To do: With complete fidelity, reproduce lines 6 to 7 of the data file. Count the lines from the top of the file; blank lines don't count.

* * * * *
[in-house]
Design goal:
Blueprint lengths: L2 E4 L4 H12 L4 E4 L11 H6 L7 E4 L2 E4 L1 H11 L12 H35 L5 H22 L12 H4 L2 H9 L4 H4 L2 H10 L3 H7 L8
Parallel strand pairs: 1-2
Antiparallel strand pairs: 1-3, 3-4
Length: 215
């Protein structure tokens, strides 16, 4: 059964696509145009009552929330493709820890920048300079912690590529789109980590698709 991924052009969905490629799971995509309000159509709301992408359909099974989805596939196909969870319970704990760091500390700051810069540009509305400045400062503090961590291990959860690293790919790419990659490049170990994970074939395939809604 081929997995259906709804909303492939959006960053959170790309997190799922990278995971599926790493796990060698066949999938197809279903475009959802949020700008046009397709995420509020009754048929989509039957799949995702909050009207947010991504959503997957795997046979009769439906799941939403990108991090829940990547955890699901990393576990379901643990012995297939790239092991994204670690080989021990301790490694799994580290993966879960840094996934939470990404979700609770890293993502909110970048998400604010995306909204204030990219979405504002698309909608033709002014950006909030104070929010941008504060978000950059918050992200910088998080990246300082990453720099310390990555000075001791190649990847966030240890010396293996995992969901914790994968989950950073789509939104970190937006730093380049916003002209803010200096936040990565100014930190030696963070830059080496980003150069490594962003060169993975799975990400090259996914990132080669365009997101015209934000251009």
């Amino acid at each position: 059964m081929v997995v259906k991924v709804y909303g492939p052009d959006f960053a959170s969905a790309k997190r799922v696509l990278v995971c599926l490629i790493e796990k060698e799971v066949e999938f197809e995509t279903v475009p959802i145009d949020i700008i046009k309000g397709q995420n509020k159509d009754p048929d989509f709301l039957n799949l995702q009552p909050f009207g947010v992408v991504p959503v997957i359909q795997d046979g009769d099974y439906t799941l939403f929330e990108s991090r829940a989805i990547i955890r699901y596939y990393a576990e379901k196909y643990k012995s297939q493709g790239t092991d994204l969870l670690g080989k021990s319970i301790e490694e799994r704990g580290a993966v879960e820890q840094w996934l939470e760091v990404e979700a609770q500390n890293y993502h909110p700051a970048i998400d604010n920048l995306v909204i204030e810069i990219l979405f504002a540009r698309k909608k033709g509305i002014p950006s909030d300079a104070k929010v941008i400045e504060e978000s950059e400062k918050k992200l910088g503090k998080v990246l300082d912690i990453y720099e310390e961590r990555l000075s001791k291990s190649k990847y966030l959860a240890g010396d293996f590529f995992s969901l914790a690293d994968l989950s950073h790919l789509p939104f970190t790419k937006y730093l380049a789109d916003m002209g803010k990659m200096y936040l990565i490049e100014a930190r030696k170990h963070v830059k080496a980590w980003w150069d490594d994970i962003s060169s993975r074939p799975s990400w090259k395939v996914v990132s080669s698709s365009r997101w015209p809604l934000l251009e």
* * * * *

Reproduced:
Length: 215
């Protein structure tokens, strides 16, 4: 059964696509145009009552929330493709820890920048300079912690590529789109980590698709 991924052009969905490629799971995509309000159509709301992408359909099974989805596939196909969870319970704990760091500390700051810069540009509305400045400062503090961590291990959860690293790919790419990659490049170990994970074939395939809604 081929997995259906709804909303492939959006960053959170790309997190799922990278995971599926790493796990060698066949999938197809279903475009959802949020700008046009397709995420509020009754048929989509039957799949995702909050009207947010991504959503997957795997046979009769439906799941939403990108991090829940990547955890699901990393576990379901643990012995297939790239092991994204670690080989021990301790490694799994580290993966879960840094996934939470990404979700609770890293993502909110970048998400604010995306909204204030990219979405504002698309909608033709002014950006909030104070929010941008504060978000950059918050992200910088998080990246300082990453720099310390990555000075001791190649990847966030240890010396293996995992969901914790994968989950950073789509939104970190937006730093380049916003002209803010200096936040990565100014930190030696963070830059080496980003150069490594962003060169993975799975990400090259996914990132080669365009997101015209934000251009």